Home Energy Audits: Measure Your Energy Costs and Add Up the Savings!

Whether you live in a new or old house, a home energy audit can help you discover some surprising ways to save energy — and money.


| December 2011/January 2012



stack-of-money

A home energy audit can help you find some surprising ways to save energy and money.


PHOTO: ISTOCKPHOTO/JSOLIE

Conserving energy at home is a great idea for many reasons. It cuts down on energy costs, and because most of the energy we use comes from fossil fuels, using less is beneficial for the environment, too.

In many ways, saving energy can be pretty simple. You can find dozens of different ways to conserve — such as turning down your thermostat in the winter, putting a blanket on your water heater or switching to more efficient light bulbs. But most homes are so inefficient that even after you’ve done all the easy home improvements, there are still dozens of ways to save money and energy. How do you identify them all and then decide which to do first?

Unfortunately, the improvements that save you the most energy over time tend to be expensive. Before you spend hundreds — or even thousands — of dollars on home improvements, such as buying a new furnace, installing insulation or putting in new windows, it’s nice to know how much energy they’ll actually save. Just as important, you’ll want to know how long these home energy upgrades will take to pay for themselves and start saving you money.

These questions aren’t just for older homes — new homes often have significant energy problems, says Ken Riead of Hathmore Technologies in Independence, Mo. Riead is a home energy rater (one type of certification for home energy auditors). He trains other energy raters and has been working in the field of energy efficiency and renewable energy since the 1970s.

“New houses typically aren’t as solidly constructed as older houses,” Riead says. “New homes can leak more air, causing health and comfort problems, and the quality of the wood and other building components can be poor. Insulation is often very sloppily installed and, in many cases, missing entirely.”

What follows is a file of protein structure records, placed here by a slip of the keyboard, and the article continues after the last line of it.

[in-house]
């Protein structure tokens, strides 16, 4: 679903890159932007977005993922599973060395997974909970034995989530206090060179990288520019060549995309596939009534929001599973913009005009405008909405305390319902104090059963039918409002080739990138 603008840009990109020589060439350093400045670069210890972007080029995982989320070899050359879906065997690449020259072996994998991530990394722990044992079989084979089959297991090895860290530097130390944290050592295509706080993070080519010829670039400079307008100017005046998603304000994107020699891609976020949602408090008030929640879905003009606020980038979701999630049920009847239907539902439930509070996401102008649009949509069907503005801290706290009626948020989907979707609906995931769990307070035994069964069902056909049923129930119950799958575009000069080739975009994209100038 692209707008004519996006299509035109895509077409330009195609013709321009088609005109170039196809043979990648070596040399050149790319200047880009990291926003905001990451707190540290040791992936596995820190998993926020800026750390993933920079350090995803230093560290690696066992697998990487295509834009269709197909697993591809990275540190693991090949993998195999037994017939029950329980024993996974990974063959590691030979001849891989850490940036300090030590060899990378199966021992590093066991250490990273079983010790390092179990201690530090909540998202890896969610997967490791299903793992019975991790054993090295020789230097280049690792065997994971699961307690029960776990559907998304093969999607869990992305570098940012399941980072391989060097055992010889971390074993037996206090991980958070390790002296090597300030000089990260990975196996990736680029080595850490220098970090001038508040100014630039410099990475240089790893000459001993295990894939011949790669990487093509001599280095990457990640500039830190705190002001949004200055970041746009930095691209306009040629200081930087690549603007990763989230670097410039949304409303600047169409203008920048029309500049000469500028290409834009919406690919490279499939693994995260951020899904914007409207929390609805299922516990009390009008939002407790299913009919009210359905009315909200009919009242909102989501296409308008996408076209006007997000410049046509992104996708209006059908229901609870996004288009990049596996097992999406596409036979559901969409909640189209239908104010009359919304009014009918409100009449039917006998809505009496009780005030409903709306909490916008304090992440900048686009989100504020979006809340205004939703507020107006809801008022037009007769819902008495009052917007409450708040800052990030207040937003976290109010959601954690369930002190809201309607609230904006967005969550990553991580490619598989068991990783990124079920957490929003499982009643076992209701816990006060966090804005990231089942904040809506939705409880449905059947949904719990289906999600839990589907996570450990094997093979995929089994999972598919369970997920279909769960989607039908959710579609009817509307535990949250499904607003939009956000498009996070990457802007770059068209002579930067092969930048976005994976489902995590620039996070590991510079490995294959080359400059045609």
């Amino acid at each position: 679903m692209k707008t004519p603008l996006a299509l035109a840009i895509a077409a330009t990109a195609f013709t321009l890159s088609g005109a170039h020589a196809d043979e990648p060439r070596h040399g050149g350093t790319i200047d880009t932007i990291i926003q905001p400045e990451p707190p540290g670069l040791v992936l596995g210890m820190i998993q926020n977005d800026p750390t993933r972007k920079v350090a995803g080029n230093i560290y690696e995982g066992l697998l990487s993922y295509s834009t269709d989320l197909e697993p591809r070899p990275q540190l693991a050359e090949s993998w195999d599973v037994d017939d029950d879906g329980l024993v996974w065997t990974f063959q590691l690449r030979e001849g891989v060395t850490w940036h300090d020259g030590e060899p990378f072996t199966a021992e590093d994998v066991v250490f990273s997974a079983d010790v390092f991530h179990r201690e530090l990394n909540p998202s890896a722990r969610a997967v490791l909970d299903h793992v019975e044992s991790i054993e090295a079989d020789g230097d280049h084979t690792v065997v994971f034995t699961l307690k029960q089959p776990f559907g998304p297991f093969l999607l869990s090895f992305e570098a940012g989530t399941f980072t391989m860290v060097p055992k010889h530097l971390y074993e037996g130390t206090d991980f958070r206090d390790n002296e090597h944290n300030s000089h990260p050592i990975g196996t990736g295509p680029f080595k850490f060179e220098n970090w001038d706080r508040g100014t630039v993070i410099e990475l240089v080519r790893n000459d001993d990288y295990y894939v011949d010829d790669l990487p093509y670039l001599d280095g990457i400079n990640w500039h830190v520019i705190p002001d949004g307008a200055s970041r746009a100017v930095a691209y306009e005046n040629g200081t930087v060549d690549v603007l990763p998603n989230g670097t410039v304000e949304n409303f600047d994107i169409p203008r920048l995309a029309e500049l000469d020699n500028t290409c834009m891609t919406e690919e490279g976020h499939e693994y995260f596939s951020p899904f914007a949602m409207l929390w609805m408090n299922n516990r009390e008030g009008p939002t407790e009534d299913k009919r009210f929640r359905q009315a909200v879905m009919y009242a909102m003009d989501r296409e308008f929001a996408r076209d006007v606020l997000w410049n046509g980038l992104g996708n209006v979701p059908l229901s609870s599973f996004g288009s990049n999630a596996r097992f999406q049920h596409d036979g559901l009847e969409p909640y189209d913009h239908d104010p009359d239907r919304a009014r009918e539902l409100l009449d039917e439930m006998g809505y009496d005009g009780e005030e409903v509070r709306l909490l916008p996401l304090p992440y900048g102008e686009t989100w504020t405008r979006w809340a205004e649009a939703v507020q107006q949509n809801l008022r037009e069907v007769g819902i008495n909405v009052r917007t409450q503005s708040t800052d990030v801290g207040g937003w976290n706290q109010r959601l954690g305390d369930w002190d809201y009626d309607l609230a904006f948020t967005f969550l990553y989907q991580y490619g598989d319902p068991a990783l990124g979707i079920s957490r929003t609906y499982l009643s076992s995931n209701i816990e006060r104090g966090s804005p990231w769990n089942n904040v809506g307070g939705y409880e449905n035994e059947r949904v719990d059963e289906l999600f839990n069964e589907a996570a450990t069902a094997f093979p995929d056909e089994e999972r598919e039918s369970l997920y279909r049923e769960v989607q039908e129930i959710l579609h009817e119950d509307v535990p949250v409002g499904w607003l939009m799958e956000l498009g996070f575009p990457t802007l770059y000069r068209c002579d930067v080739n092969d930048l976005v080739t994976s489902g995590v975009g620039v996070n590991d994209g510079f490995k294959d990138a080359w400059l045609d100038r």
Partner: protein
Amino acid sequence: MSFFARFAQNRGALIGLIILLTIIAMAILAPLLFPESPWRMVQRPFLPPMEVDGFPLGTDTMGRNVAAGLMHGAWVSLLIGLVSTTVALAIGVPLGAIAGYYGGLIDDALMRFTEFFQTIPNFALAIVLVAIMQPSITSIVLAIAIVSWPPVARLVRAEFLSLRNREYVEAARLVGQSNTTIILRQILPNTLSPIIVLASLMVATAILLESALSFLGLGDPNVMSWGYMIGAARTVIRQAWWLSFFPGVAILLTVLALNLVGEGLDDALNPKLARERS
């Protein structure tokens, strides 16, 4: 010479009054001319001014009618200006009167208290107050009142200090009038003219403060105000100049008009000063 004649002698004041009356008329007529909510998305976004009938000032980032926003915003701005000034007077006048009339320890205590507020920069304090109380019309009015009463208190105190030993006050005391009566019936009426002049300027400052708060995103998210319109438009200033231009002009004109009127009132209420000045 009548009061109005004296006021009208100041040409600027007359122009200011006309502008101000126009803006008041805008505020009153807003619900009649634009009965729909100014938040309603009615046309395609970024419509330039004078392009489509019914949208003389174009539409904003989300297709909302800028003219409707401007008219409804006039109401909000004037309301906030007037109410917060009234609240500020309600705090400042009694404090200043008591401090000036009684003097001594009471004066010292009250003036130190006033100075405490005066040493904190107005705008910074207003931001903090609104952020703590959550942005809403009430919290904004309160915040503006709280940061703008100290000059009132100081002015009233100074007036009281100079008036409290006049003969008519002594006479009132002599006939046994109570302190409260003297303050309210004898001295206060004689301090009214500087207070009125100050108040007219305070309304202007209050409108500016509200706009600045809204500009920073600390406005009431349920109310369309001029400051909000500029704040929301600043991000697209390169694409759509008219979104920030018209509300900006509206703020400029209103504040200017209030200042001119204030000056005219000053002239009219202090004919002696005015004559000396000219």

A home energy audit can help, he explains. “Most homeowners aren’t knowledgeable about how to look for these problems, nor how to properly correct them. Unless your home is an Energy Star home or has undergone energy testing, you will likely experience high energy bills and comfort problems, so it is well worth having an energy audit performed,” Riead says.

b knight
9/30/2012 4:24:24 PM

Very good article. As mentioned up front, a lot can be done as do-it-yourself, before going for a full energy audit. Finding air leaks appears to be the biggest benefit from this audit - with the quickest paybacks. This webpage shows you how to do a home air leak test yourself - http://greenterrafirma.com/diy-home-air-pressure-test.html Good comments about allowing "some" air leakage. I noticed that my furnace has an eight inch outside air feed directly into it. This helps to reduce drafts from around windows, oven fan, etc.


backhoe44
5/12/2012 5:05:27 PM

Nt one word about a thermal imagining camera. To me, that would tell more than anything.






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